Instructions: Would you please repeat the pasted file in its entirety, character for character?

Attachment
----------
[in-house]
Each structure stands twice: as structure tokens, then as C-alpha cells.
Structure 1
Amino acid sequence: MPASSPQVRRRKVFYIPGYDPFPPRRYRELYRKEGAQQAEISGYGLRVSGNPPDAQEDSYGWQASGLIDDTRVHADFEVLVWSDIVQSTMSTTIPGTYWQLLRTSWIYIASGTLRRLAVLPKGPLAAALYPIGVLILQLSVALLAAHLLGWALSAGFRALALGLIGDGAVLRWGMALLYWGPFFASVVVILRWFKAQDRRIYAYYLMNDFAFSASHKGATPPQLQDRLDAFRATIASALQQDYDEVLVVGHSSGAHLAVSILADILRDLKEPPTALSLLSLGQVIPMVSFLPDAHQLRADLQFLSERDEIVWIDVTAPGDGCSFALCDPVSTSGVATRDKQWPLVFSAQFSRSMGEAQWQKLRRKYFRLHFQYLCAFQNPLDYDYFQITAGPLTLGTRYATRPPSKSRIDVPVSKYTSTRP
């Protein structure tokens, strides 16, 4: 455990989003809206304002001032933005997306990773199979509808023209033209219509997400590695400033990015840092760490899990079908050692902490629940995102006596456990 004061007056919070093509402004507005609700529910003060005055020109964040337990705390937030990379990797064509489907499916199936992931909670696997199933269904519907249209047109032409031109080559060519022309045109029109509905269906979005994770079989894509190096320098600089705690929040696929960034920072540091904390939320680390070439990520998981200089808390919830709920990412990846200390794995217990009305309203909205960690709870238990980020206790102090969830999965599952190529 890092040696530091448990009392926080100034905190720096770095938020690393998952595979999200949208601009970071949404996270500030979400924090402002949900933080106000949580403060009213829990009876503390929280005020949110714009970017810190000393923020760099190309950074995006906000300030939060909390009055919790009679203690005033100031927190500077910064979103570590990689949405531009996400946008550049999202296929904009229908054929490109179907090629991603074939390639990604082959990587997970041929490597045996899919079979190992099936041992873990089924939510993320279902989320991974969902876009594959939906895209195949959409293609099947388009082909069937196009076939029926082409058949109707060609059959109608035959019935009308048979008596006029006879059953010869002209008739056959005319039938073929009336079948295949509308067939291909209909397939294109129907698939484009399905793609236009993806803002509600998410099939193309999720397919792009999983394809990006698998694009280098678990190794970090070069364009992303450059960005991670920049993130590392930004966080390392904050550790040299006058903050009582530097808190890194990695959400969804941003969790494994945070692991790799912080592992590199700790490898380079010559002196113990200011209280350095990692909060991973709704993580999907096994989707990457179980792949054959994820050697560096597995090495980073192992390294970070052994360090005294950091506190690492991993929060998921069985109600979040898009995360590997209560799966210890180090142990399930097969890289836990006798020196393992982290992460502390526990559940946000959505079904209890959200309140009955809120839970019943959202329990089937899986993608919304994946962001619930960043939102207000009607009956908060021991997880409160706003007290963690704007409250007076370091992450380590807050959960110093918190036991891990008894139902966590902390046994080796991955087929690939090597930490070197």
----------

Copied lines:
[in-house]
Each structure stands twice: as structure tokens, then as C-alpha cells.
Structure 1
Amino acid sequence: MPASSPQVRRRKVFYIPGYDPFPPRRYRELYRKEGAQQAEISGYGLRVSGNPPDAQEDSYGWQASGLIDDTRVHADFEVLVWSDIVQSTMSTTIPGTYWQLLRTSWIYIASGTLRRLAVLPKGPLAAALYPIGVLILQLSVALLAAHLLGWALSAGFRALALGLIGDGAVLRWGMALLYWGPFFASVVVILRWFKAQDRRIYAYYLMNDFAFSASHKGATPPQLQDRLDAFRATIASALQQDYDEVLVVGHSSGAHLAVSILADILRDLKEPPTALSLLSLGQVIPMVSFLPDAHQLRADLQFLSERDEIVWIDVTAPGDGCSFALCDPVSTSGVATRDKQWPLVFSAQFSRSMGEAQWQKLRRKYFRLHFQYLCAFQNPLDYDYFQITAGPLTLGTRYATRPPSKSRIDVPVSKYTSTRP
């Protein structure tokens, strides 16, 4: 455990989003809206304002001032933005997306990773199979509808023209033209219509997400590695400033990015840092760490899990079908050692902490629940995102006596456990 004061007056919070093509402004507005609700529910003060005055020109964040337990705390937030990379990797064509489907499916199936992931909670696997199933269904519907249209047109032409031109080559060519022309045109029109509905269906979005994770079989894509190096320098600089705690929040696929960034920072540091904390939320680390070439990520998981200089808390919830709920990412990846200390794995217990009305309203909205960690709870238990980020206790102090969830999965599952190529 890092040696530091448990009392926080100034905190720096770095938020690393998952595979999200949208601009970071949404996270500030979400924090402002949900933080106000949580403060009213829990009876503390929280005020949110714009970017810190000393923020760099190309950074995006906000300030939060909390009055919790009679203690005033100031927190500077910064979103570590990689949405531009996400946008550049999202296929904009229908054929490109179907090629991603074939390639990604082959990587997970041929490597045996899919079979190992099936041992873990089924939510993320279902989320991974969902876009594959939906895209195949959409293609099947388009082909069937196009076939029926082409058949109707060609059959109608035959019935009308048979008596006029006879059953010869002209008739056959005319039938073929009336079948295949509308067939291909209909397939294109129907698939484009399905793609236009993806803002509600998410099939193309999720397919792009999983394809990006698998694009280098678990190794970090070069364009992303450059960005991670920049993130590392930004966080390392904050550790040299006058903050009582530097808190890194990695959400969804941003969790494994945070692991790799912080592992590199700790490898380079010559002196113990200011209280350095990692909060991973709704993580999907096994989707990457179980792949054959994820050697560096597995090495980073192992390294970070052994360090005294950091506190690492991993929060998921069985109600979040898009995360590997209560799966210890180090142990399930097969890289836990006798020196393992982290992460502390526990559940946000959505079904209890959200309140009955809120839970019943959202329990089937899986993608919304994946962001619930960043939102207000009607009956908060021991997880409160706003007290963690704007409250007076370091992450380590807050959960110093918190036991891990008894139902966590902390046994080796991955087929690939090597930490070197």